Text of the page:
Rushden Lakes - Northants - Northamptonshire - Rushden - shopping - disabled - powerchair

This project on Identities got me thinking about how I identify and what my identity means to me. My identity is really important to me. But then again, isn’t everyone’s? I guess when I really analyse myself, when I get down to the nitty-gritty, there’s nothing unique or special about me and yet I am multifaceted (just like everyone else, right?). However, when I describe myself, no matter who I’m talking to, no matter how the conversation is going, I always mention that I’m disabled…I mean that’s if the wheelchair didn’t give it away already.

Being disabled is not all that I am; I don’t stop at my impairment but it does define me. Were you expecting to read that my disability doesn’t define me? We’re often told ‘don’t let your disability define you’, but why shouldn’t we? What’s so wrong with embracing your disability? Absolutely nothing, in my opinion.

My disability encompasses every single aspect of my life. I can’t get up and spontaneously go somewhere; I need to have planned it a week in advance and to make sure that there’s nothing else on that week as I’ll have to rest when I get home. I spend a lot of time at doctors and hospital appointments, I’m in nonstop pain and rely on medication to function. I require help for the most simplest tasks, I spend more time in my pyjamas than clothes and I’m defeated by stairs. My everything revolves around my health. And I’m not mad at it. I used to be. I used to want to be healthy but my disability has taught me so much about myself and others. If I wasn’t disabled I would be a completely different person and I don’t like the thought of that. I’m also pretty bloody awesome because of my conditions, and you can check out a list I compiled of reasons why my disability makes me fab here.

This is my life, it’s the only one I have and I don’t intend on wasting it dwelling on what I could have been or could have done as there’s no way of changing that. Instead I stand (okay, I don’t stand, I sit) wearing my badge of disability pride and have no shame in being a disabled person.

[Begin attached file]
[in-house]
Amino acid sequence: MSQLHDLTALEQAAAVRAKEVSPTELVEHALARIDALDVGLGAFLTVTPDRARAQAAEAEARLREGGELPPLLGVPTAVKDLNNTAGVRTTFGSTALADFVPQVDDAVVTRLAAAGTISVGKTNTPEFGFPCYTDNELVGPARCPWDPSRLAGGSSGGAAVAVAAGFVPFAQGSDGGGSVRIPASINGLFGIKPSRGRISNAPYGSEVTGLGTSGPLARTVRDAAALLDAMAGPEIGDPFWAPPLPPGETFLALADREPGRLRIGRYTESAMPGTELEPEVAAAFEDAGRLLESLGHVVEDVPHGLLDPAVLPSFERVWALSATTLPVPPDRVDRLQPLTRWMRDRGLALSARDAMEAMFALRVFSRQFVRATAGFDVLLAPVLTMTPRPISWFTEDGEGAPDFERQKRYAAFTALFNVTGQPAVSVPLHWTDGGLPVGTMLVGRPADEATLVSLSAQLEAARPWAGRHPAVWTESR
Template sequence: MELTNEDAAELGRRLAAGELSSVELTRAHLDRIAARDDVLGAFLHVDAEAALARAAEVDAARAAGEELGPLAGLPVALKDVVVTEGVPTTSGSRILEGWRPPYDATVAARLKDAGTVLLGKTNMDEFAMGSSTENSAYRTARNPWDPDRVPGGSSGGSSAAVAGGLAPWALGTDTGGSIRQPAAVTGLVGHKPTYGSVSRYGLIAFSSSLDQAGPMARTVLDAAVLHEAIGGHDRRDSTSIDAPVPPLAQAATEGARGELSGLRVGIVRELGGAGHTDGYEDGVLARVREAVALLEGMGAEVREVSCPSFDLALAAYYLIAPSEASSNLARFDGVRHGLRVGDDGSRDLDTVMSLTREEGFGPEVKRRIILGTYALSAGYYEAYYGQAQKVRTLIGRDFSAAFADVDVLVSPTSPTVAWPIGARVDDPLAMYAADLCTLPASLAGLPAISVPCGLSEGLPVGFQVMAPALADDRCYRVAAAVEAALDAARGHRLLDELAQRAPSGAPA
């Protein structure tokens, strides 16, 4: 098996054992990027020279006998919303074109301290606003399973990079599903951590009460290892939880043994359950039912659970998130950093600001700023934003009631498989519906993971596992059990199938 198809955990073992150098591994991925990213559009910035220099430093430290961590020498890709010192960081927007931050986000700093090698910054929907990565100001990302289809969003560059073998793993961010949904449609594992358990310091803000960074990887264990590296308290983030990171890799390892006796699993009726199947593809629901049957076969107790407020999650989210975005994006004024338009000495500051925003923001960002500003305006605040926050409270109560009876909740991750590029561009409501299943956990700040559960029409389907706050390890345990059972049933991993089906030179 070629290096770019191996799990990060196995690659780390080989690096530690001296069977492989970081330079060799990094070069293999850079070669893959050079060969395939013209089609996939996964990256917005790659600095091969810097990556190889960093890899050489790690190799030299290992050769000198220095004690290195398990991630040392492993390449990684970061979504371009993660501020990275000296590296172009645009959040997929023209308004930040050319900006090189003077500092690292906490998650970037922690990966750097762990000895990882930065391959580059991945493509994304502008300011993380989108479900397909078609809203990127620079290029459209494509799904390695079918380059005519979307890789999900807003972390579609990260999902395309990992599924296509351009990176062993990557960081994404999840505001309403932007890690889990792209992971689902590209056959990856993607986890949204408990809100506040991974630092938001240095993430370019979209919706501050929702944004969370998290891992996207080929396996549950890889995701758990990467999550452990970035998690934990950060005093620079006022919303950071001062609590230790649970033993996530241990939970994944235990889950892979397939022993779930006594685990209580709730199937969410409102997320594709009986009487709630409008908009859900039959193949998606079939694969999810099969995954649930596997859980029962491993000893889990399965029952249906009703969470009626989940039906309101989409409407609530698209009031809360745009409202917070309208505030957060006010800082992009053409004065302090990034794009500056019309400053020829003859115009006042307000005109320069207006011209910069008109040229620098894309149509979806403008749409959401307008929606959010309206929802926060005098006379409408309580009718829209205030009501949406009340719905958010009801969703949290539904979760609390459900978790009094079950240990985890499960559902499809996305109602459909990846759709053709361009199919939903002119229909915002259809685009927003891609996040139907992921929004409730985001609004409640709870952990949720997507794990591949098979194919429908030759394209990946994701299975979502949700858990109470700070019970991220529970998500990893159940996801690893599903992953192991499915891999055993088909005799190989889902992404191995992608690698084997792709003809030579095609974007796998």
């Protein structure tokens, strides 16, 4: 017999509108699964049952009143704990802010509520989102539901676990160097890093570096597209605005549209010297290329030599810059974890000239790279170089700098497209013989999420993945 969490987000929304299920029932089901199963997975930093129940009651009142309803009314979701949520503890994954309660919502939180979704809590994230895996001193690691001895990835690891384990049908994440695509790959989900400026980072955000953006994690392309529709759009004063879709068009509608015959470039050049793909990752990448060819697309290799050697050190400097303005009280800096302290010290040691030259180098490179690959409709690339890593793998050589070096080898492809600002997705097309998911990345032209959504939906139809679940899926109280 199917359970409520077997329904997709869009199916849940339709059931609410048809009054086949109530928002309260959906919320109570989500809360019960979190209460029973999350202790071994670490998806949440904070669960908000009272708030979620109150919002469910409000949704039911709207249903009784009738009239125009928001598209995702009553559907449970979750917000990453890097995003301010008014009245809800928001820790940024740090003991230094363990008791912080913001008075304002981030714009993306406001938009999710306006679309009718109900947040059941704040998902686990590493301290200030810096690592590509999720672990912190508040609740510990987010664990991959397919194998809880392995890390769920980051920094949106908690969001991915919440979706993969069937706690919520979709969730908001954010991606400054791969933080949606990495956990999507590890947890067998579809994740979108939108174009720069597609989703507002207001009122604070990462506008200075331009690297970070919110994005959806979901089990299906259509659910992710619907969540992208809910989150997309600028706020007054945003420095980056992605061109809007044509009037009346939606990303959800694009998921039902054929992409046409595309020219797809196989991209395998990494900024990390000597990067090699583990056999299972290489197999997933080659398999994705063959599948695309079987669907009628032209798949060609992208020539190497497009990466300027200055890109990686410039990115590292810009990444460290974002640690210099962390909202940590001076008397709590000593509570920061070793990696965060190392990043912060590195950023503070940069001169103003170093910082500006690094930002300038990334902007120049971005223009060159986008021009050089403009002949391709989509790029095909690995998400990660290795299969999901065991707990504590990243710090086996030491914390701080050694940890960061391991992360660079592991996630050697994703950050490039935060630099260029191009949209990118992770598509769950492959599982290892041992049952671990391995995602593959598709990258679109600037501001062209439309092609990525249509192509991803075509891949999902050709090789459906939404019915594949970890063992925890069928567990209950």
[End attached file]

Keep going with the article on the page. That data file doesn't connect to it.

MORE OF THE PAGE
It was an extremely empowering moment when I took control of my identity and acknowledged that I am disabled and I am not embarrassed, angry, or sad about it. I found a sense of peace and strength from accepting myself and who I am. It’s the biggest part of my life. It impacts everything. And it’s okay.

Of course, of course, I am not just my disability. And yes, I am so much more. I have plenty of interests, and an array of sides to my personality – good and bad. My other labels are a daughter, a sister, a girlfriend, an aunt, a friend, a writer, a photographer, a chatterbox, and a sarcastic cow. There’s so many parts of me. There’s so many boxes I fit in. But I am always, always, always disabled, and it’s crucial that I recognise that and highlight that it’s one of the best things about me.

Rushden Lakes - Northants - Northamptonshire - Rushden - shopping - disabled - powerchair

Disability is often perceived, (mainly by abled people) as a negative thing. It’s viewed as one of the worst things that could happen to a person but I’m here to tell you that it is so far from it. There’s nothing wrong with the word disabled. There’s nothing wrong with being disabled. Disability is not a bad word. Disability is not a bad thing.

If disability was such a negative, I wouldn’t have had these incredible opportunities; I’ve worked with BBC Three, Scope and many more (check my press page here). Honestly writing about disability and raising awareness has opened so many doors for me and I am so grateful for all of them.

If you’re not defined by your disability that is absolutely fine too. We are all different. There is no right or wrong answer when it comes to self-identifying.

My disability defines me. My disability is who I am.

Check out these interviews with Umber, Laurence and John who discuss their disability and identity and what it means to them.

What defines you?
*Disclaimer: This post is sponsored


  1. Reply

    I love this Sarah, you're much much more than your disability and you prove that time and time again. Keep being you, you're bloody awesome xx

  2. Reply

    I love this! So many people make me almost feel guilty for embracing my disability and letting it be part of who I am but it is and always will be so why should I not rock it! xx

  3. Reply

    You’re just amazing!! My SSS 😉 on that note when is my sidecar coming? But seriously I so wish I was more like you, I struggle so much with accepting my health & disability & still can’t seem to be ok with it. Maybe one day, I’m sure you’ll knock it into me one way or another 😂 I’m proud to be your friend ❤️ Xxxxx

  4. Reply

    I have just been brought to tears reading this because I feel same in alot of way Sahara my luv am 63 and I can walk a little been like this for 20yrs but sometimes it gets me down still creeps up on me but then people like you come along and pick me up and off I go again fighting and this is me and am disabled yes but I ilke to say am Lessabled if that makes cence. Muck love and hugs to you and thanks for helping me xxx

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